The trigger is adjustable, and it was crisp, breaking cleanly at about 4 pounds. The oversized triggerguard accommodates gloves or large hands. The pistol grip is comfortable, and any AR-style pistol grip can be installed.
Built into the fixed, skeletonized buttstock is an easy-to-adjust cheekpiece. I tried it with several scopes, and it accommodated both low-power variables and a couple 25x scopes with 56mm objectives with equal aplomb. The buttstock sits nicely on a rear bag or rest, and a small rail is included on the bottom for adding a monopod. QD sling cups are positioned on both sides of the buttstock, and includes a keymod sling swivel rail. Finally, the 98B came with a Harris bipod and mount for extra stability (sold separately).
“Shooting the Barrett 98B Tactical was truly a pleasure. Recoil was minimal, and the action was really smooth.”
For testing, I added a Leupold 1.1-8x24mm Mark 8 CQBSS front focal plane (FFP) scope in a Leupold mount. One of the earliest models of the Mark 8 series, it has served me well for a number of rifle tests. The glass is incredibly clear, the adjustments are precise, and the scope has always performed flawlessly. Having an increased field of view on the lower power settings is incredibly useful for any working police officer.
Running a .300 Win Mag rifle is anything but new to me; one of my first deployment rifles was custom-built in this chambering. Loaded with 168-grain bullets specifically designed for hostage-rescue training, it was laser accurate, comfortable to shoot and offered longer range. When I used this rifle in a few police sniper training schools, people chuckled when I stopped crawling 300 yards away from the target—until I drilled the target with authority. It was also nice to load up with some 190-grain match ammunition and smack steel out to 800 yards and beyond. The .300 Win Mag really offered some versatility despite the increased recoil.
It was easy to set up the Barrett 98B Tactical and find a comfortable position behind it. Once the scope was properly mounted, it was just a matter of setting the cheek height. The 98B’s straight-back stock design works very well for prone positions. It allowed me to stay close to the ground yet get a solid purchase “in the pocket,” which is essential when shooting magnums
The stock design, combined with the muzzle brake, made recoil all but nonexistent. It felt similar to a typical 7.62mm NATO rifle. The buttstock’s bottom rail accommodated my rear sandbag perfectly, which made for some solid accuracy. None of my 100-yard groups fell outside 0.70 inches, with the best group measuring right at 0.5 inches. All grouping was done from prone using the supplied bipod. The best group came from RWS’ 190-grain Target Elite Plus ammunition, with the 190-grain Federal Gold Medal Match BTHP load a close second.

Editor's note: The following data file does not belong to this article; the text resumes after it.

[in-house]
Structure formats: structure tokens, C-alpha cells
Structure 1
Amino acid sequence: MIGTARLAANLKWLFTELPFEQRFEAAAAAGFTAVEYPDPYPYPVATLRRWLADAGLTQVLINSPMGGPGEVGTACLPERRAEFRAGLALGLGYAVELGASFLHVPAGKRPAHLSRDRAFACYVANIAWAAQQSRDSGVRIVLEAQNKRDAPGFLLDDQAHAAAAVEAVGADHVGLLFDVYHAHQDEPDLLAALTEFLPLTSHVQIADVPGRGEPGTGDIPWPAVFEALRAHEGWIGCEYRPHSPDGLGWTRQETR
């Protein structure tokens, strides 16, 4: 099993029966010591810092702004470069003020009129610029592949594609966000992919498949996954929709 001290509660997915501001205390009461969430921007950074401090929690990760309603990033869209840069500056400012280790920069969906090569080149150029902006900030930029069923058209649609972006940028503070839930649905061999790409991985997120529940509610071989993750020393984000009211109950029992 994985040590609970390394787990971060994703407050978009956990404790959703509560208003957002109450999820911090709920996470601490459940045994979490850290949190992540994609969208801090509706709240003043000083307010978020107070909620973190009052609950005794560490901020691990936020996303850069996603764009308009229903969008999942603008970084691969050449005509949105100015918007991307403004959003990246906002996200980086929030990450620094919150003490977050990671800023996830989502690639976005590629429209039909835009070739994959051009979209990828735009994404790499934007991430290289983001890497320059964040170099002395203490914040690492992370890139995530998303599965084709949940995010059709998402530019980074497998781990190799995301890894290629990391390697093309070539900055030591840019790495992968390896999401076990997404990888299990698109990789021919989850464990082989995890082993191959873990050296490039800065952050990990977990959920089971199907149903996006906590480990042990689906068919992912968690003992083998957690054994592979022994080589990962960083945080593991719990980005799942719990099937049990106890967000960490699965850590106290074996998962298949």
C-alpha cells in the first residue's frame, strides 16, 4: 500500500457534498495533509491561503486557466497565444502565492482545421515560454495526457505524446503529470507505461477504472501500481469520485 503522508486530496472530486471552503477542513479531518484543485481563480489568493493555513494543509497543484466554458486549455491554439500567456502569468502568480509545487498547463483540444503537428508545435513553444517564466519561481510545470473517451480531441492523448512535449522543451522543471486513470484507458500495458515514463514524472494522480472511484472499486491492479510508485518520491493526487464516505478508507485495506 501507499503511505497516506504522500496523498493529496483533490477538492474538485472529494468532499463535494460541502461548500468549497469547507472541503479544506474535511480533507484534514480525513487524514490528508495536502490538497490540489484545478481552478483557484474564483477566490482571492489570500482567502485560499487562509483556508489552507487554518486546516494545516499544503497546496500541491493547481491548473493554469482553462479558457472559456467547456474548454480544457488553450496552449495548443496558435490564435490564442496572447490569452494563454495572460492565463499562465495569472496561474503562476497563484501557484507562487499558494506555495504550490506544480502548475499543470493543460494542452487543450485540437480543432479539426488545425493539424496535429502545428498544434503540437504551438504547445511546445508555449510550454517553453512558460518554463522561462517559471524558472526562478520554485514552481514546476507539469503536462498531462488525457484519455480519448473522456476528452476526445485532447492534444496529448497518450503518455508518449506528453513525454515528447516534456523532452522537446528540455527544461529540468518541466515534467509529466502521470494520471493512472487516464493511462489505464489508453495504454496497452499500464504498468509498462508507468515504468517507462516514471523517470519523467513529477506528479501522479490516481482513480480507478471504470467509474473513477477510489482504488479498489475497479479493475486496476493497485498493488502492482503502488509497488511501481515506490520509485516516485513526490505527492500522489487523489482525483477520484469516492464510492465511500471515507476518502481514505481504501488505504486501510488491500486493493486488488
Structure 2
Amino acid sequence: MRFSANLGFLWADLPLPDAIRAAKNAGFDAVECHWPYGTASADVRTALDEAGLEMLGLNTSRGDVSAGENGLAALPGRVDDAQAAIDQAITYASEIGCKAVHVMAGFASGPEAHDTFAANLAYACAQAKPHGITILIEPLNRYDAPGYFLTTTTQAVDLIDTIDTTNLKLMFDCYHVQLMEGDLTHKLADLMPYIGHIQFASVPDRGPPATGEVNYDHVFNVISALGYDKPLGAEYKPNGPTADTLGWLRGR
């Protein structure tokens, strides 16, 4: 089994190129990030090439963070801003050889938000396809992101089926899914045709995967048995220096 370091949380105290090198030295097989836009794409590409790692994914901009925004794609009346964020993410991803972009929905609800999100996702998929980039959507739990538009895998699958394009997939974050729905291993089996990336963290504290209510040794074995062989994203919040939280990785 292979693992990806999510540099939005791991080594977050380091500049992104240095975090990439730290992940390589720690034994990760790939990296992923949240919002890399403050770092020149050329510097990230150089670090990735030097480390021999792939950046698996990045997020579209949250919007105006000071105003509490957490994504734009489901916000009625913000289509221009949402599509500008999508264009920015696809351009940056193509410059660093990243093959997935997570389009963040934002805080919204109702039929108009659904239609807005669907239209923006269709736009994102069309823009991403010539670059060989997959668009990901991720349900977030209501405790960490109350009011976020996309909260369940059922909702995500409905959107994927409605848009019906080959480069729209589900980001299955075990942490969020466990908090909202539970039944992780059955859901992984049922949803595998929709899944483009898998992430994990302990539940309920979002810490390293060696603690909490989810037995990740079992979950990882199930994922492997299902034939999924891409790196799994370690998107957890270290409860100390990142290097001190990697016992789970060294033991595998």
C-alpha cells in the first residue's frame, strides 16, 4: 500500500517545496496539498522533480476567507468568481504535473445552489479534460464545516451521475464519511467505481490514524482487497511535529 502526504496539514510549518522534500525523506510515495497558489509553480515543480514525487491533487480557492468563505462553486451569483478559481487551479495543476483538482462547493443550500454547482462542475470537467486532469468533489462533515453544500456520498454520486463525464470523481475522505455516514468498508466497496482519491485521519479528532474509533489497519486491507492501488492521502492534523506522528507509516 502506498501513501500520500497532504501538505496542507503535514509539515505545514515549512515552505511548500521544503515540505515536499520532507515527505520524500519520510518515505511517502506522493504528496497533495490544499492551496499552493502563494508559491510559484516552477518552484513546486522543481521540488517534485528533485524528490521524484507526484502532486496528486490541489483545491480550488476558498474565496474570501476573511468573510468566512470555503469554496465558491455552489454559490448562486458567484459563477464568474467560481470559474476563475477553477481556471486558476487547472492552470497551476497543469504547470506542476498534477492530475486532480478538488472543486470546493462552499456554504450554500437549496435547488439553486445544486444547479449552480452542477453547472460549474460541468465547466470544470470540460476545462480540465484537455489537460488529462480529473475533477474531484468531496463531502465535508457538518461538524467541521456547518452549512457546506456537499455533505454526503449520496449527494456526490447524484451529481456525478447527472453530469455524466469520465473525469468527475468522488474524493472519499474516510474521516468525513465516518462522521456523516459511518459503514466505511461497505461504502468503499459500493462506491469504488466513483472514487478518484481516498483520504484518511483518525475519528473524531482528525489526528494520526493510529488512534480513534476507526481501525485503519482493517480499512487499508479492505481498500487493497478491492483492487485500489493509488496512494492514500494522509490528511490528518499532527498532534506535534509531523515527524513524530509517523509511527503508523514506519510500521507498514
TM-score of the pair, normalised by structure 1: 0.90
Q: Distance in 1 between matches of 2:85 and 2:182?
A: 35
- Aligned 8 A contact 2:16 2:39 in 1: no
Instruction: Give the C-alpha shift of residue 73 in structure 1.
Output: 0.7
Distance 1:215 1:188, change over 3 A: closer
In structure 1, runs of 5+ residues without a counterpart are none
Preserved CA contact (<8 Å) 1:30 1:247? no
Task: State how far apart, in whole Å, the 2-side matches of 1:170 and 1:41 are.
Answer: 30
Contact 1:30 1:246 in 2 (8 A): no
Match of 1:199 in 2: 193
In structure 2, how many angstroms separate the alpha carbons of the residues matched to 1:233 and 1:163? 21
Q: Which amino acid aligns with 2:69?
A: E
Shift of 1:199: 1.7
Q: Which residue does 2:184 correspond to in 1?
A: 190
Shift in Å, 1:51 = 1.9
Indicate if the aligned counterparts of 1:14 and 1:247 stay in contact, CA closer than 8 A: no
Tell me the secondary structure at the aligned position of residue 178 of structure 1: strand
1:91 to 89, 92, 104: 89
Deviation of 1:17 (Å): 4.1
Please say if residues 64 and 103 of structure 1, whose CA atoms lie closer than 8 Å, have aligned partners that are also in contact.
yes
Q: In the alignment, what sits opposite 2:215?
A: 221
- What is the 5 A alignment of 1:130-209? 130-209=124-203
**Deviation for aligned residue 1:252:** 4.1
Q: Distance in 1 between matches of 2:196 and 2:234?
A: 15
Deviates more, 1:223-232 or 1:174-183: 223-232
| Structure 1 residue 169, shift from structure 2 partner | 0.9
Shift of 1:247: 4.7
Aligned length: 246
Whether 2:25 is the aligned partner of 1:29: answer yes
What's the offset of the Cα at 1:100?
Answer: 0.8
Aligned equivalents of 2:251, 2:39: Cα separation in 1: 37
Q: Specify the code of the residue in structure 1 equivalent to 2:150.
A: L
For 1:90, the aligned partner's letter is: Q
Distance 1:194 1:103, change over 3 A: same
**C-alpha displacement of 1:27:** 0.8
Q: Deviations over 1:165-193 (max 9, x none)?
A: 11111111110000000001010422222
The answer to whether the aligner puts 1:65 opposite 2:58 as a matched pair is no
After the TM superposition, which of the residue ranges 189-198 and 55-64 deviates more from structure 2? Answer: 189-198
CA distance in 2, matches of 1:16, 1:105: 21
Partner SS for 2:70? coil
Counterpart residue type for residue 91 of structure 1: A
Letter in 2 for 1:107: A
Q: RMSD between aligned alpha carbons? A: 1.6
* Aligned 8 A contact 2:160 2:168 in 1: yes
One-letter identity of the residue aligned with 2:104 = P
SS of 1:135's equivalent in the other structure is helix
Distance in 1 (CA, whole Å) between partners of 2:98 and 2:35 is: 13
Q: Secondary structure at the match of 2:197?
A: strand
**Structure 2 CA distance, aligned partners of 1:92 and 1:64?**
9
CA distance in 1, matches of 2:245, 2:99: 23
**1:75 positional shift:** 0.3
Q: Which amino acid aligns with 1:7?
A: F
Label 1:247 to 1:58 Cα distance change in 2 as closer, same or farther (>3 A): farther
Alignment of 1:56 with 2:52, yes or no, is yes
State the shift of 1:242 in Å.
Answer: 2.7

Next, I shot steel targets from 200 to 400 yards. Plugging the data into my ATRAG computer, I dialed in and engaged the steel targets using mostly the 190-grain Federal ammunition. The rifle was dead on. Smacking the steel was simply a matter of reading the wind correctly. Out to 300 yards, I could mostly ignore the wind; at 400 yards it was more noticeable. Still, I needed no hold outside the width of the target in the 13-mph wind. The Barrett 98B Tactical was precise and accurate out to any practical police distance, and I didn’t have to precisely read the wind.
Shooting the Barrett 98B Tactical was truly a pleasure. Recoil was minimal, and the action was really smooth. In fact, it was so smooth that bolt-manipulation drills were almost addictive. The bolt knob is easy to reach, ejection is positive and consistent—this design is about as fast as it gets. The bolt lift is minimal but positive. Rapid bolt manipulation is critical for police work, or any high-risk operation. The 98B Tactical allows you to be about as fast as you can be with complete reliability.
The magazines inserted easily and dropped free with a push of the release. Loading was equally as easy, and single-feeding was smooth, whether dropped on top of the magazine or pushed into place. Running a couple of 10-round rapid-fire drills, the 98B Tactical just kept spitting out brass and nailing the target. Firing 10-round strings as fast as I could run the bolt, reacquire the target and pull the trigger yielded 100-yard groups hovering at about an inch.
The 98B Tactical’s simple yet state-of-the-art design made for some truly pleasurable shooting at the range. It reminded me of my first custom rifle, only it was smoother and easier to shoot.
The Barrett 98B Tactical is accurate, well balanced, smooth operating and easy to maneuver and manipulate. Everything about this bolt-action rifle is user friendly and operationally sound. Take it out of the box, add a scope, and go to work. If you’re an officer looking for a deployment rifle, this is an excellent choice. It should really be one of your first considerations. For more even more info, visit Barrett.net.